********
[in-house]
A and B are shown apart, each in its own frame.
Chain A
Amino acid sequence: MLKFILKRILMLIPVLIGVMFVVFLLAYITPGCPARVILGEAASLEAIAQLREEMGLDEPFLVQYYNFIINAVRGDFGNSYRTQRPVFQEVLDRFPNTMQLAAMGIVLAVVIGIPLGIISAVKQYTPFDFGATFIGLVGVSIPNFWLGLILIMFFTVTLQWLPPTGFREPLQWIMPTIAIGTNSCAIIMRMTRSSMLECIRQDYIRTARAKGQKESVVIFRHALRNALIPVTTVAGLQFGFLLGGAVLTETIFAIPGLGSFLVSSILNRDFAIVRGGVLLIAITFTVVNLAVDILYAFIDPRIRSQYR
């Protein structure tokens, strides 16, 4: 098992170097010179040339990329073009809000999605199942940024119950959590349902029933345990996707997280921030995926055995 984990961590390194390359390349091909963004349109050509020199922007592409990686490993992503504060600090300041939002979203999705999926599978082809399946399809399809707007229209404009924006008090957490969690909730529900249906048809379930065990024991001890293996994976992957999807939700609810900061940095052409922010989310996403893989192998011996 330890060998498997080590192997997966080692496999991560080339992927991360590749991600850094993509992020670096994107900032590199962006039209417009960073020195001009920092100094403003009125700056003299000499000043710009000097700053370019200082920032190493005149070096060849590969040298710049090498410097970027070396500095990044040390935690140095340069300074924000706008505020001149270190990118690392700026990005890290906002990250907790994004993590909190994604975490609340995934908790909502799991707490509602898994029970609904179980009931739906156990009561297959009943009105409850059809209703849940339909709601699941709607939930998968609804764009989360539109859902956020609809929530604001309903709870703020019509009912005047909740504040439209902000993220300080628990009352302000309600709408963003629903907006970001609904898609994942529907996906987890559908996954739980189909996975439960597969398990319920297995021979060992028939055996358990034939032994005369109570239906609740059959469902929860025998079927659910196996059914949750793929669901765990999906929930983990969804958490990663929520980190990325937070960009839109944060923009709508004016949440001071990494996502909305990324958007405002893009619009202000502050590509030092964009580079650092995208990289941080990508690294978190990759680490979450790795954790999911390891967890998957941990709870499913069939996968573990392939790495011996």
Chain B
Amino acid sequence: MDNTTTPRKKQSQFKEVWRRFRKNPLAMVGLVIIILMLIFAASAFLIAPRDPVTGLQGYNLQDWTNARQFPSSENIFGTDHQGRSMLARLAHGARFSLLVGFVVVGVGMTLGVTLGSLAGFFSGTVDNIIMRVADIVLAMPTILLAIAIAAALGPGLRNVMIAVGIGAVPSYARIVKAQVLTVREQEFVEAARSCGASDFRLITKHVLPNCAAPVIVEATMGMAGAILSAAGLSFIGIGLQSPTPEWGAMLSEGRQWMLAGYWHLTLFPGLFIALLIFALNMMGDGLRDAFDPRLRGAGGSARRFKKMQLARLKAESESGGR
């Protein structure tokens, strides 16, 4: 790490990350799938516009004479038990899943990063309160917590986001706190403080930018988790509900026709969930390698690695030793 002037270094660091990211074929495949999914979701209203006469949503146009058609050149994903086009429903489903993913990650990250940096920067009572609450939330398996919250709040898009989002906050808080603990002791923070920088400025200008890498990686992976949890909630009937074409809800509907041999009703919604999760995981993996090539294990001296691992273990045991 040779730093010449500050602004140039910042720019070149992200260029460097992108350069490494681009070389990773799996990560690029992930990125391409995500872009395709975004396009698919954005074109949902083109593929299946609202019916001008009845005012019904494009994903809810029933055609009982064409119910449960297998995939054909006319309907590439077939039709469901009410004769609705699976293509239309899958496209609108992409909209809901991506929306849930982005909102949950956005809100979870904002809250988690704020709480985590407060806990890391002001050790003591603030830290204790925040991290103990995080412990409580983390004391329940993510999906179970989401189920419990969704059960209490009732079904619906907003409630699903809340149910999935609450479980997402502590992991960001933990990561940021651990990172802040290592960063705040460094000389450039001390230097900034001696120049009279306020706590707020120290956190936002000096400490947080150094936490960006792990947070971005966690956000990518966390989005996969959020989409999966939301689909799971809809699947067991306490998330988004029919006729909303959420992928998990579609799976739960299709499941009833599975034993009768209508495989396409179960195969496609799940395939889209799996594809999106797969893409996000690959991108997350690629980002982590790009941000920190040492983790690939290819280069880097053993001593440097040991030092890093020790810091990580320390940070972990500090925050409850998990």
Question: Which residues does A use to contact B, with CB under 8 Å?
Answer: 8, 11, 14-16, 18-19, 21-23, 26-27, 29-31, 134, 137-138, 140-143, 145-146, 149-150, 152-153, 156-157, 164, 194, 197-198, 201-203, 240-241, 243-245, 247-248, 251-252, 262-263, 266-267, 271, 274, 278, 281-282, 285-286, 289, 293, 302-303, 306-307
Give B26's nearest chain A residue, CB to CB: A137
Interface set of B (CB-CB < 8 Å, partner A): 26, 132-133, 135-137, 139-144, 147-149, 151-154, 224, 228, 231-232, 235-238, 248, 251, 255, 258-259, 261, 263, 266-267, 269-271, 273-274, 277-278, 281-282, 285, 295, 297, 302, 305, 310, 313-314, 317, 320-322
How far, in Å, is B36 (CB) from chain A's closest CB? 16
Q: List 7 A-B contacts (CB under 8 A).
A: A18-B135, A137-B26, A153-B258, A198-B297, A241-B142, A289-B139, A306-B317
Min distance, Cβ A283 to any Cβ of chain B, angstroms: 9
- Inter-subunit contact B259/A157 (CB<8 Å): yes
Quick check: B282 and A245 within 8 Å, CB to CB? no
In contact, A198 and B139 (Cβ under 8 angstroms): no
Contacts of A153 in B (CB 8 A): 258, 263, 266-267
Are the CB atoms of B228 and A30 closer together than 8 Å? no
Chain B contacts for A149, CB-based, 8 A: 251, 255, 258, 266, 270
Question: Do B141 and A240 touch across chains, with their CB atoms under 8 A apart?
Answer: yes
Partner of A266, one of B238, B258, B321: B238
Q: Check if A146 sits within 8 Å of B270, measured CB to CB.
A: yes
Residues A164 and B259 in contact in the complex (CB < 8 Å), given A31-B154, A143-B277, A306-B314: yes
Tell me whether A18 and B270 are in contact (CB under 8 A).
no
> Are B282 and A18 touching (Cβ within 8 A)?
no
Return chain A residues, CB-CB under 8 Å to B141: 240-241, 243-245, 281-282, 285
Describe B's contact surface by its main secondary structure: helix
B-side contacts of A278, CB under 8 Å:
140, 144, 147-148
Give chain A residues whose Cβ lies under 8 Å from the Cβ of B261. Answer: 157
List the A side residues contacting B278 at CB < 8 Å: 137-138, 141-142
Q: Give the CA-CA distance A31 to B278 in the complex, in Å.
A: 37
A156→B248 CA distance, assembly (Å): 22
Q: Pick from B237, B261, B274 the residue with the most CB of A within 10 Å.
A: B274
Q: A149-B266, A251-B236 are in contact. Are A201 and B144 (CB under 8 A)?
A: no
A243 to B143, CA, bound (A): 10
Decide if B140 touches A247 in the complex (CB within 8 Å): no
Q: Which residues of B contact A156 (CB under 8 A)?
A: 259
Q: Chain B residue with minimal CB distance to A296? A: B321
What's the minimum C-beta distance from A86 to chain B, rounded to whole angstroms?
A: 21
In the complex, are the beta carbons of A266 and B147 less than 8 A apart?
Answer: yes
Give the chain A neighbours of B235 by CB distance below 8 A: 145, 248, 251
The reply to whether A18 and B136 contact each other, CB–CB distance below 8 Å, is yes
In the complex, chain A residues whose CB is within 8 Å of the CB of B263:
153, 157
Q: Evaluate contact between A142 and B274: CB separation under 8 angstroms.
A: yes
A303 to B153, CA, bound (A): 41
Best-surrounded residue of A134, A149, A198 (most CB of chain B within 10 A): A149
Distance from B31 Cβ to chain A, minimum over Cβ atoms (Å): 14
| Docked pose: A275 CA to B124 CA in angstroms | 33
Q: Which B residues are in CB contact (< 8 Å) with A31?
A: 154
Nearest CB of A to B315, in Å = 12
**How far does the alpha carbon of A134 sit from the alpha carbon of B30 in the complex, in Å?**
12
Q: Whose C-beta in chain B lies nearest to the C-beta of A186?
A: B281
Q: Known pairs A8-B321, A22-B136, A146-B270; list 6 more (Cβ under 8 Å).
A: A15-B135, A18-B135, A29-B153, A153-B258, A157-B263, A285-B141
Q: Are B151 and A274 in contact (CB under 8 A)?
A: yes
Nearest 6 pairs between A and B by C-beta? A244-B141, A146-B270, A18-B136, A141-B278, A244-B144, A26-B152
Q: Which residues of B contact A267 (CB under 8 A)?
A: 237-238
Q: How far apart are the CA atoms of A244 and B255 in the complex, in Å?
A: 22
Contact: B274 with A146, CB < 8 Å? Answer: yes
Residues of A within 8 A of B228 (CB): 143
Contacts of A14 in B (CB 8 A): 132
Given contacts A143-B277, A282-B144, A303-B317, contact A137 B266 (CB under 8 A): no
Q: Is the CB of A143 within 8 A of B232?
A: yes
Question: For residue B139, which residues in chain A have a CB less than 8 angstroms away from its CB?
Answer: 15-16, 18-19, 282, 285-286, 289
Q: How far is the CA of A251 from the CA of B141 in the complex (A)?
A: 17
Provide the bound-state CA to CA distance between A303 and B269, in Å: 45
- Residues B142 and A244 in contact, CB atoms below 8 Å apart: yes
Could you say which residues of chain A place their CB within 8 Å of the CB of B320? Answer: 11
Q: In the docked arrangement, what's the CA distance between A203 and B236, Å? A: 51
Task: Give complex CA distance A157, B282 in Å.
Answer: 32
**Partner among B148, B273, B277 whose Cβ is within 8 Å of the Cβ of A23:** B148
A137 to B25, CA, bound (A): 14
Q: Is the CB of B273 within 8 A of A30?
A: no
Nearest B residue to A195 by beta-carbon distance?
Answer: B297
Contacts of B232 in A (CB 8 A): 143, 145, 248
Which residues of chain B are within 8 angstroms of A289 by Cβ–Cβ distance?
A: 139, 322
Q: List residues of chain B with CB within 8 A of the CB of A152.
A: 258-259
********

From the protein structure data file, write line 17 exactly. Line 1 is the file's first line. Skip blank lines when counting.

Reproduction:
- Inter-subunit contact B259/A157 (CB<8 Å): yes